We glided round Cupid's Span, a massive bow-and-arrow sculpture on the waterfront that's fast becoming a landmark piece of public art. The 60-foot-tall sculpture frames views of the monumental Bay Bridge that swoops beyond it. Although its sculptors, Claes Oldenburg and Coosje van Bruggen, and city authorities likely wouldn't approve, we watched kids and parents turn it into an impromptu jungle gym, scrambling up one of the slanted steel beams.
We circled SBC Park, the city's baseball stadium, which has its own equally whimsical art. The Giant Glove sculpture sits at one end of the stadium, a 26-foot-tall rendition of an old-fashioned baseball mitt. An even more giant Coke bottle lies next to it; the 80-foot-long structure (guess who sponsored it) contains viewing platforms and four playground slides, part of a fan entertainment area. In a nice touch, there's a viewing area along the waterfront sidewalk where passersby can stand and watch some of a game for free.
But the heart of the Embarcadero, physically and socially, is the 19th-century Ferry Building. Once the hub for ferries that buzzed all over the bay, it began a long decline after the Bay Bridge and Golden Gate opened in the 1930s and cars supplanted ferries.
The double-decker Embarcadero Freeway then was built smack across its face, practically touching the Ferry Building and walling it off from the city.
Now freed from the freeway and renovated, from its iconic 245-foot-tall clock tower to a new wharf, the Ferry Building reopened in 2003 with dozens of upscale shops and restaurants strung along a skylit central nave.
Offices occupy the upper levels; four days a week there's a popular farmers market, heavy on local organic produce, out front in awning-covered stalls. And ferries still shuttle from the Ferry Building to communities around the bay. Devotees of Seattle's Pike Place Market will find the Ferry Building lacks its funky charm and quirky stores. But it's an excellent place to shop and eat and, unlike Fisherman's Wharf or Pier 39 to the north, it's a place where locals, not just tourists, go.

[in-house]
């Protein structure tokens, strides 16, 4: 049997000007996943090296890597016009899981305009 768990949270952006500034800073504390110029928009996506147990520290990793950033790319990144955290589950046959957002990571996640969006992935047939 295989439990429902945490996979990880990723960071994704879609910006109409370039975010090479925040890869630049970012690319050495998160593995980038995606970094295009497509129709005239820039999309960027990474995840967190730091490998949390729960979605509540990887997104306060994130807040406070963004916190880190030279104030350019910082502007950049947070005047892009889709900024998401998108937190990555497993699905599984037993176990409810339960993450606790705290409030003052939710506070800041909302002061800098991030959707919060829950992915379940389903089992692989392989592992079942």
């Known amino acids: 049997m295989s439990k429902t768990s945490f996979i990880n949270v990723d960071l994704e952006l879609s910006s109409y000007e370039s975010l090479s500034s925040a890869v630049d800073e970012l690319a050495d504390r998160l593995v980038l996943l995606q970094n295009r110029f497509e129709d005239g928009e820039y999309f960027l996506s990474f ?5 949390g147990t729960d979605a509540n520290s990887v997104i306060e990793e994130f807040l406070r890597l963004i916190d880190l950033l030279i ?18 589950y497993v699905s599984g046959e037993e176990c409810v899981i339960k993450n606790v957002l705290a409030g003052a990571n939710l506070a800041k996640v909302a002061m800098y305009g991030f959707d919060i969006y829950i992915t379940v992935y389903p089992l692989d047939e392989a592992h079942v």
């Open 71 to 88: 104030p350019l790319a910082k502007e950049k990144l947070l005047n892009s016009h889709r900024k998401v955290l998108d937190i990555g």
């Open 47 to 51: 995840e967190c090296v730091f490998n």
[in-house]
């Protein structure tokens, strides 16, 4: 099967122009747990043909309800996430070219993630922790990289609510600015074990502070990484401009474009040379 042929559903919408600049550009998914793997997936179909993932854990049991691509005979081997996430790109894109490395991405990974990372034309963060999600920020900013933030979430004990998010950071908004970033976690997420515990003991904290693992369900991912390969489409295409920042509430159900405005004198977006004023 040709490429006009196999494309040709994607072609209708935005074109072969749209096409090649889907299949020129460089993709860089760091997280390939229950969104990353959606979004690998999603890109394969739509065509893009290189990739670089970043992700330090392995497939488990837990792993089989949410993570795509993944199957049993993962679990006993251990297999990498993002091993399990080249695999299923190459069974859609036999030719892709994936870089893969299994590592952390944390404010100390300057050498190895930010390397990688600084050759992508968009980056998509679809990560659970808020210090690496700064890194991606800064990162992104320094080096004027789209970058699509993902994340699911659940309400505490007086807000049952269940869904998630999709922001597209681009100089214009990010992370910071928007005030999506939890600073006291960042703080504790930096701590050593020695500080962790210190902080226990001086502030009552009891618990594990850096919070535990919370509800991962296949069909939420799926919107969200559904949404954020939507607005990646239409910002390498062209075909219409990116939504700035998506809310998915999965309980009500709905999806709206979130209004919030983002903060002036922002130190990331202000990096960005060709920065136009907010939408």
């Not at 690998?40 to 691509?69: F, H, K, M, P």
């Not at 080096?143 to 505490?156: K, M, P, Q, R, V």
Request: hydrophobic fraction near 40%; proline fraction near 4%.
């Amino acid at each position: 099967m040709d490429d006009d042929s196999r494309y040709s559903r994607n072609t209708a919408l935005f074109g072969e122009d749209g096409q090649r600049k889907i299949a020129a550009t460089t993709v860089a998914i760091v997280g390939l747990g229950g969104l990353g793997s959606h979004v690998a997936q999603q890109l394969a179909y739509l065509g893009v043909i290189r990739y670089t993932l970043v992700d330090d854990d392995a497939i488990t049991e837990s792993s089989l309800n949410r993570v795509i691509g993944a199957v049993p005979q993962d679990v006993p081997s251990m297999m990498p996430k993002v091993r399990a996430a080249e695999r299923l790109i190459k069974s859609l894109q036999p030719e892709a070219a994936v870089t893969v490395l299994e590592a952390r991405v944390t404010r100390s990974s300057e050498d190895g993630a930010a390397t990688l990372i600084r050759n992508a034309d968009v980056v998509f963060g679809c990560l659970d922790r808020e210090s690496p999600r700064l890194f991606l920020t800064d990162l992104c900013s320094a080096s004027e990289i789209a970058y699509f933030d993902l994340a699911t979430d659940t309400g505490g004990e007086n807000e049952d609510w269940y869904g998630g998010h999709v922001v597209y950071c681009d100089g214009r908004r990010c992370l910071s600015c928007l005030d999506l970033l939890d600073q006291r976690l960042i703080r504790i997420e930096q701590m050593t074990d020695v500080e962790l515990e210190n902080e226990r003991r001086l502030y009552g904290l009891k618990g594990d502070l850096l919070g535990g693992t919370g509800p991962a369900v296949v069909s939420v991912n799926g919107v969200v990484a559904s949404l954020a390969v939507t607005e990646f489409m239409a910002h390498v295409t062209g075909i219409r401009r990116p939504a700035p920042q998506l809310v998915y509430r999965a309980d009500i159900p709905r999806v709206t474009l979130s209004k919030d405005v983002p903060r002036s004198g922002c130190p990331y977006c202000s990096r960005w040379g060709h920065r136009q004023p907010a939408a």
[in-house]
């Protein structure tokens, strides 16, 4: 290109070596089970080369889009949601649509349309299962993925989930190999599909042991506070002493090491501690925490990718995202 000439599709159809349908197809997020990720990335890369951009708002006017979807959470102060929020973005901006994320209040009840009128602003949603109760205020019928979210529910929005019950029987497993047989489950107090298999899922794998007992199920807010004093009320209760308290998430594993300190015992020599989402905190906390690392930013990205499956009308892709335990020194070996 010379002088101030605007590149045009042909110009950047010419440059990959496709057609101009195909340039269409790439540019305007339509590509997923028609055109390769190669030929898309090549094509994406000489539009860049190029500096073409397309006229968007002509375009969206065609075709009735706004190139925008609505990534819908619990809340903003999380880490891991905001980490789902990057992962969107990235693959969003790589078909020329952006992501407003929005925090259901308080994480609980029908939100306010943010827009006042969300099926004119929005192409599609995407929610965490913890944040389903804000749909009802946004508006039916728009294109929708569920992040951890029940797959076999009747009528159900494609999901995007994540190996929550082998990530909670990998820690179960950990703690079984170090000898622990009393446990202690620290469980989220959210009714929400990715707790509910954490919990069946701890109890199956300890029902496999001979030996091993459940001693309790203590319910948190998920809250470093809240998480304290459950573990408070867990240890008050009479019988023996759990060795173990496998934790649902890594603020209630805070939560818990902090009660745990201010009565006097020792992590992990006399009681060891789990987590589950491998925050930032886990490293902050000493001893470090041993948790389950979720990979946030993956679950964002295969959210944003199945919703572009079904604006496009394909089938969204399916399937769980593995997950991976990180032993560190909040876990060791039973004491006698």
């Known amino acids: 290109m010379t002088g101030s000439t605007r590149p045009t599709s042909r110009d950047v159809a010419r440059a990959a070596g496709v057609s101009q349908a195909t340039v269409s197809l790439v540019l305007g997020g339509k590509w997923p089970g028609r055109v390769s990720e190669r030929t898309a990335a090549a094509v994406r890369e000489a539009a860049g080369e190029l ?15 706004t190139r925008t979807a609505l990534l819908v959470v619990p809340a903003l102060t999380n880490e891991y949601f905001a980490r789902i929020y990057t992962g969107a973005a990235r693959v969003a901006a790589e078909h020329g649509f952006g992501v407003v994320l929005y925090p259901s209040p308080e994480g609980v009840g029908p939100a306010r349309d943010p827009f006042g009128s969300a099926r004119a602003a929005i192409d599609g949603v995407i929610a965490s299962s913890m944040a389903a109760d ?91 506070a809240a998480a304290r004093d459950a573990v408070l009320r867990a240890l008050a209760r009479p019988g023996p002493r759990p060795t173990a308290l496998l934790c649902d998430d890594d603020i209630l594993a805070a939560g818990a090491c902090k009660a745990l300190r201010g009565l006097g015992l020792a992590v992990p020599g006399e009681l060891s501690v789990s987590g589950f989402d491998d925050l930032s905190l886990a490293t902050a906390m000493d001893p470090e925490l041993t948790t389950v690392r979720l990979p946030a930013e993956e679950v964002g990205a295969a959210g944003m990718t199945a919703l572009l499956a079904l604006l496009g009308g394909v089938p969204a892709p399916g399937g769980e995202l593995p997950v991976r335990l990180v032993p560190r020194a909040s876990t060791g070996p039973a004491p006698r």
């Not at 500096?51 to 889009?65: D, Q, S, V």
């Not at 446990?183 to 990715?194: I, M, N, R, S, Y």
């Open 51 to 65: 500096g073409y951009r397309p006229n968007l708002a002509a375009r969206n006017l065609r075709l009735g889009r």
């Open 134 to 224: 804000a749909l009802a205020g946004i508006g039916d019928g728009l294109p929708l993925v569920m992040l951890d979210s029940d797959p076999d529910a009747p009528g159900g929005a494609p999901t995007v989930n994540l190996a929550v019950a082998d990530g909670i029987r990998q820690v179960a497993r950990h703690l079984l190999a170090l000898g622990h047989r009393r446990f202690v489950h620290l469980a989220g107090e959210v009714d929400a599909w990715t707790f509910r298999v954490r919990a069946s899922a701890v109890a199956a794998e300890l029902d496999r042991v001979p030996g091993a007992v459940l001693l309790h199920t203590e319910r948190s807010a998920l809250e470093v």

Cheese and wine shops
Even if you're not a shopper, the Ferry Building is enticing. Book Passage is packed with books on the Bay Area. Far West Fungi has dozens of mushrooms you've never heard of, for eating and medicine. There are cheese and wine shops, and fancy garden and culinary stores, including a branch of Sur La Table.
My idea of a good time was to eat my way through the Ferry Building. I snared samples at cheese and pastry shops; checked out small eateries offering everything from raw oysters to ice cream; then headed to the Slanted Door, a popular Vietnamese restaurant relocated to the Ferry Building. Silly me not to have made a reservation: The line of wannabe diners at the Slanted Door was way out the door. Luckily, we snared seats at the restaurant's takeout kiosk, appropriately called Out the Door, which has four stools at a tiny counter. We filled up on spicy noodles and humbow-style steamed buns, stuffed with chicken and vegetables, a tasty deal at US$3 a serving.
To walk off the excess, we marched along nearby Pier 7 which juts 900 feet into the bay and is dotted with Victorian-style streetlights and benches. We watched the locals fish, listened to the waves lap and drank in the views of city and bay.
Strolling back to the Ferry Building, I spotted Loukili again, still pedaling his pedicab along the Embarcadero. He waved and headed off, taking another few tourists for a ride along the reborn waterfront.